The Minnesota Public Utilities Commission is due to consider at its June 20 meeting the intertwined matter of a delay in the construction of the 78-MW AWA Goodhue LLC wind farm, and problems with power purchase agreements (PPAs) with Xcel Energy (NYSE: XEL) for this capacity.
Commission staff on June 13 filed a briefing paper in this docket that lays out the various issues that the commission will need to consider.
On Feb. 28, the commission met to consider several matters including the project’s request for approval of a delayed in-service date, the project’s request for approval of the Avian and Bat Protection Plan (ABPP), and the comments filed by the members of the public, local residents, organizations, and public officials. On March 20, the commission issued its order reopening the case.
On or before April 3, initial comments were received from New Era Wind Farm LLC (which acquired the project last year), the state Department of Commerce–Energy Regulation and Planning, local citizens group Goodhue Wind Truth, Goodhue County, and several members of the public. New Era stated that the commission’s March 20 order mentioned the importance of the PPA between New Era and Xcel and therefore, since PPA negotiations are still underway between the two parties (including negotiations on the proposed new in-service date), New Era requested that the commission delay the reply comment period and any further action on these matters pending resolution of the New Era proposals to Xcel.
Regarding a Certificate of Need extension request, New Era noted that this process has been lengthier and more expensive than other wind projects and it is needed due to delays caused by two separate force majeure events. New Era stated that it agrees with the Department staff that the Certificate of Need extension is unrelated to the ABPP and should be granted based on the demonstrated need for additional wind energy in the state.
In response to a question regarding Community-Based Energy Development (C-BED) status, New Era indicated that following the change in upstream ownership of the project in October 2012, New Era formed an Advisory Board comprised of eight families in the project footprint. If the project is allowed to proceed, the board members will become significant co-owners of the project and will continue to direct and manage the project. New Era indicated it remains committed to seeking a final C-BED determination once its financing is structured and prior to the start of construction, just as the C-BED regulations allow.
New Era lately has been looking to give up the two Xcel contracts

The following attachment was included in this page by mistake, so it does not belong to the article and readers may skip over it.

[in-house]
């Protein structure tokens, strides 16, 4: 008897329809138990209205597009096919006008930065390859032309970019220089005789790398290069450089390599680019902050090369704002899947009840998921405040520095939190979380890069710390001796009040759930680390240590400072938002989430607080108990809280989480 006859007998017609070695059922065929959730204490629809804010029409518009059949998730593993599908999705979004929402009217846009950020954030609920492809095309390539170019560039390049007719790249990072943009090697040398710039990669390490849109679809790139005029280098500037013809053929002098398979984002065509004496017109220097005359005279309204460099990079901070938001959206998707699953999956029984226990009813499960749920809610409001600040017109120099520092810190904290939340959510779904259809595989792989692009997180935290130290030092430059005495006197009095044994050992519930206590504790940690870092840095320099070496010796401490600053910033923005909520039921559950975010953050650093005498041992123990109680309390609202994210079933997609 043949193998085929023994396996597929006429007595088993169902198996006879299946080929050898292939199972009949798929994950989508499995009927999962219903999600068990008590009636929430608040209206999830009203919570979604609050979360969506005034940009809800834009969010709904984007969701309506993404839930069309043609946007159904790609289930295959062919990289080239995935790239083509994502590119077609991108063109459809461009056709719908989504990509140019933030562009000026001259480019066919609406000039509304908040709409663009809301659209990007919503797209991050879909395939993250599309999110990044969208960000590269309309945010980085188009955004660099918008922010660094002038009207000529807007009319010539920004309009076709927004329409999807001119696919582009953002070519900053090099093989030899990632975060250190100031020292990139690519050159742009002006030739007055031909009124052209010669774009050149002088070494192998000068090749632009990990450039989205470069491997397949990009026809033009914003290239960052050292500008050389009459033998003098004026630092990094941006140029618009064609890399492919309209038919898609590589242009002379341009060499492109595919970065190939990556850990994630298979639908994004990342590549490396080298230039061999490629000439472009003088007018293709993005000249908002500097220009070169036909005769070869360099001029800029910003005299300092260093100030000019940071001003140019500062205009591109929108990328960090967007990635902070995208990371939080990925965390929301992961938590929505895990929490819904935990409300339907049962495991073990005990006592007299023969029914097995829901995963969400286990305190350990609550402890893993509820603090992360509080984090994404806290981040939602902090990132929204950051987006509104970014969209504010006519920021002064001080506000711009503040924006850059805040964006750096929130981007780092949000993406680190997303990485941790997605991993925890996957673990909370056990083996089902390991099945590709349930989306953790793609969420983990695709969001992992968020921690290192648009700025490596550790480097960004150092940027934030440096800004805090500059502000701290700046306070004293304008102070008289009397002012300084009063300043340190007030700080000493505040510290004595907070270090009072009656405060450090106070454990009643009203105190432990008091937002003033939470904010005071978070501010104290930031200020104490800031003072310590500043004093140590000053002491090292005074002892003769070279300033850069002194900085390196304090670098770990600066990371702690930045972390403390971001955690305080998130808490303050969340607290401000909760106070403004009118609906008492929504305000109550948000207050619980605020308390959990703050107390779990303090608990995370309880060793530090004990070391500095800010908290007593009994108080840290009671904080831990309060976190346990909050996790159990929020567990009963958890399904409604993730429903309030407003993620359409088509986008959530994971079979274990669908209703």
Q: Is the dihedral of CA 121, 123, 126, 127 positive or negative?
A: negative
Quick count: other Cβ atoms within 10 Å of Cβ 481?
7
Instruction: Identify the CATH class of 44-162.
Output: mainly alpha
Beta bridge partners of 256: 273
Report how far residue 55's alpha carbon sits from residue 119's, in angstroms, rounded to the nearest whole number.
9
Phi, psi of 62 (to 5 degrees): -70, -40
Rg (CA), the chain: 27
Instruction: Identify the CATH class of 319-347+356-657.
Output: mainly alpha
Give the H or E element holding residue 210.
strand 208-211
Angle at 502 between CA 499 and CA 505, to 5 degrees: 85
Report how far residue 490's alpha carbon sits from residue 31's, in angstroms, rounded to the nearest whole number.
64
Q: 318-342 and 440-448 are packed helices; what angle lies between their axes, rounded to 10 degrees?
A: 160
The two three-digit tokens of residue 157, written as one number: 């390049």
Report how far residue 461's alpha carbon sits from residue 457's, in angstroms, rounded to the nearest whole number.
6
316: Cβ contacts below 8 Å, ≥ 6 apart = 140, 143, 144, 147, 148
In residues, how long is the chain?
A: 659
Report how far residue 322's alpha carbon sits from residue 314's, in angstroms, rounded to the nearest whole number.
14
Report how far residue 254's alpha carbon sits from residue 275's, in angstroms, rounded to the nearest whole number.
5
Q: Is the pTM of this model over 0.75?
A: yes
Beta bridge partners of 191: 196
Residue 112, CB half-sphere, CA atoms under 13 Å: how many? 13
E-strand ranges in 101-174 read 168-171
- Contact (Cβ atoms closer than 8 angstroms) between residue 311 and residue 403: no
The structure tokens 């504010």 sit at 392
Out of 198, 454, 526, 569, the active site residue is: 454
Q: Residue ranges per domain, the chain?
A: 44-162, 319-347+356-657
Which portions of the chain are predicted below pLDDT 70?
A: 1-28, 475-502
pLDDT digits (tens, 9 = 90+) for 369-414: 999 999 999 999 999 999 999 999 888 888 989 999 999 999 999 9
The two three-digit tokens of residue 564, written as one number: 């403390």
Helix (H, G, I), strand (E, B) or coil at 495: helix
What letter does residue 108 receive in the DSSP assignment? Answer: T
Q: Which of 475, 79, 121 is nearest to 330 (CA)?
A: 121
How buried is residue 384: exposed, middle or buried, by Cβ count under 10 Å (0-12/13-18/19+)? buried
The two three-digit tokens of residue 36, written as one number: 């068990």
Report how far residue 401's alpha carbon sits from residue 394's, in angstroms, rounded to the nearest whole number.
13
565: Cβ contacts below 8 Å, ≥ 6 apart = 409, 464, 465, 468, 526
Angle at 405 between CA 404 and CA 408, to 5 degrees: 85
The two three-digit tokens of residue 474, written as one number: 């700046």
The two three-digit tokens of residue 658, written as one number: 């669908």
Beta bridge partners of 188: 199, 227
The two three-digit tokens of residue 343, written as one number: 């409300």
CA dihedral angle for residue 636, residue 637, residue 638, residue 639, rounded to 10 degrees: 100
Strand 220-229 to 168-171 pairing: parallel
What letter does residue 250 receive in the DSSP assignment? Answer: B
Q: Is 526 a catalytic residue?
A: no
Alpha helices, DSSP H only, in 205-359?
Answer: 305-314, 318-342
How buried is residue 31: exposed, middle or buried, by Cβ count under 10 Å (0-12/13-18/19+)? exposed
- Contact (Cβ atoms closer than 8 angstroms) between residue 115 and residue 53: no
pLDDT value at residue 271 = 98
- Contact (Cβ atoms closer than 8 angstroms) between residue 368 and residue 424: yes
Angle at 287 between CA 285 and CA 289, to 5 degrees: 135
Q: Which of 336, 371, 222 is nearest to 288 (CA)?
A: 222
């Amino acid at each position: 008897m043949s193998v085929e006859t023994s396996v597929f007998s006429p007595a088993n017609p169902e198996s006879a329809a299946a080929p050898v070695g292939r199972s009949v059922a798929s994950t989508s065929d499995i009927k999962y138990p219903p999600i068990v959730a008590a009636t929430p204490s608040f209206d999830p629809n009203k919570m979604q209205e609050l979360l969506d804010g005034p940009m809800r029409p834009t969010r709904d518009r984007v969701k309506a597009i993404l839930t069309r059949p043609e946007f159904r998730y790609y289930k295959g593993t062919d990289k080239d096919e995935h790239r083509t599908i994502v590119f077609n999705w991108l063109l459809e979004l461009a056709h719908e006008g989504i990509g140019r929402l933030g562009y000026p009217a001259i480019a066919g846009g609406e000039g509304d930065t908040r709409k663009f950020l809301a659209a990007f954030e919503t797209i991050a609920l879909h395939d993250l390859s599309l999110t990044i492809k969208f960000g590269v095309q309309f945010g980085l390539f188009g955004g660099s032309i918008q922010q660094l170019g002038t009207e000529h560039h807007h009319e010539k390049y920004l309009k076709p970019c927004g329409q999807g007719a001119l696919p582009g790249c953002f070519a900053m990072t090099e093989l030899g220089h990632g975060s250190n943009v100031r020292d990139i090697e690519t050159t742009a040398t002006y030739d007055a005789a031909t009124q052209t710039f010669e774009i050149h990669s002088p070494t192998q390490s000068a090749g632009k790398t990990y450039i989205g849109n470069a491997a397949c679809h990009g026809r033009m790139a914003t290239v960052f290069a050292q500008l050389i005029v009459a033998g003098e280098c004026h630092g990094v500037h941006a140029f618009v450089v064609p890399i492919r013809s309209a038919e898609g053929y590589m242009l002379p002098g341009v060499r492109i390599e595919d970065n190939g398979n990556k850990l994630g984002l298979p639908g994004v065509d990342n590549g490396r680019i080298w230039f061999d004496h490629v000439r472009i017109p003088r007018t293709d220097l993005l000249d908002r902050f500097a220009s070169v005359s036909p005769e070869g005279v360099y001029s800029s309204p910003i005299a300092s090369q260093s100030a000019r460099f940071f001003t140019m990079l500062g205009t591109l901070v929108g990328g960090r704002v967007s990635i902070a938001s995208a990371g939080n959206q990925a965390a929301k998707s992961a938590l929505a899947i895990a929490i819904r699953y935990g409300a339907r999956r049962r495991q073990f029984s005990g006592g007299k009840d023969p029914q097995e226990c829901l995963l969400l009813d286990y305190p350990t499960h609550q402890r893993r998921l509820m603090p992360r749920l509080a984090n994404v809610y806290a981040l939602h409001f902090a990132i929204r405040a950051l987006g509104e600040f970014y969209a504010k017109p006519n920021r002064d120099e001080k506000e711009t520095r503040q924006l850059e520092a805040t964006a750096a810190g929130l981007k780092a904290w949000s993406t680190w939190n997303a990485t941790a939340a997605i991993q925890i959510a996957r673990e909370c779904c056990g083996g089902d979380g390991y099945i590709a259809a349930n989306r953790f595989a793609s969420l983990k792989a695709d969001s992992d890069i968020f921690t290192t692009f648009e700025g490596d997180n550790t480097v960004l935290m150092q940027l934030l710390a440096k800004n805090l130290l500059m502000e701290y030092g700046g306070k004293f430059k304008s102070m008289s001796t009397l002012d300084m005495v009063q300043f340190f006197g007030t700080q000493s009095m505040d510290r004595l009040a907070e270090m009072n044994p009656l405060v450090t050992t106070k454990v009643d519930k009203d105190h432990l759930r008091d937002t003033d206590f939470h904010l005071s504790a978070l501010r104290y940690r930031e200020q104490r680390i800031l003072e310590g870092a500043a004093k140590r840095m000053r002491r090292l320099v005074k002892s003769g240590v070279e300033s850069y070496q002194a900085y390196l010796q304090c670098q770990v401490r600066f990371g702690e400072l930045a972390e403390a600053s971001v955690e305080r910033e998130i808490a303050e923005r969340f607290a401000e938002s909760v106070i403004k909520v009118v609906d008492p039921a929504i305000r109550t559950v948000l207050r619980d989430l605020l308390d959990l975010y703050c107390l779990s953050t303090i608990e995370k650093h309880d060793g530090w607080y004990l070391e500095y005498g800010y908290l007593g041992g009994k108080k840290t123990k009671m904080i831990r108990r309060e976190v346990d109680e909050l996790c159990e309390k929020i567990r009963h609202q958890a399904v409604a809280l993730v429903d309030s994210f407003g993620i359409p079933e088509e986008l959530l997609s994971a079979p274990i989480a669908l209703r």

In response to the March 20 order, New Era relayed that it has no confidence that due process for this project will ever end, nor that an ABPP will ever be approved. Therefore, New Era initiated discussions with Xcel Energy to allow for assignment of its power contracts to a third-party wind project developer and site. Those discussions began in December 2012 and New Era proposed several options to Xcel, backed by three different project owners. Each developer has one or more projects that could receive assignment of the Goodhue power contracts and be operational in 2013 or 2014 and each is situated in a community far more receptive to wind energy than Goodhue County. New Era believes that each of the proposals would cure all of the defaults in the PPAs and would result in a power purchase rate substantially below the rate in the current contracts.
New Era noted that for reasons unknown to it, Xcel Energy rejected all of the proposals, and at the same time, issued a request for proposal (RFP) for more wind energy. New Era indicated that in a letter from Xcel Energy dated April 12, Xcel allowed New Era 30 days to cure the power contract defaults. As of the writing of its reply comments (April 17), New Era indicated it would continue to attempt to cure the defaults.
Commission staff issued an information request to Xcel Energy on May 17. Xcel indicated to staff that there had been no change since the April 12 letter was issued to New Era and Xcel had received no response to that letter. Xcel said it believed that waiting through the cure periods was the appropriate action and now determined that the best course of action is to seek New Era’s voluntary agreement to terminate the PPAs. Xcel said that if New Era does not respond to this request, Xcel will seek a declaratory judgment in Minnesota District Court. The purpose of the court action would be to resolve the controversy over whether the magnitude and quality of New Era’s defaults are sufficient to justify termination for default. Xcel told the staff that it believes that this will insulate the company and its customers from adverse legal consequences if the court ultimately determines the termination for default is not legally justified.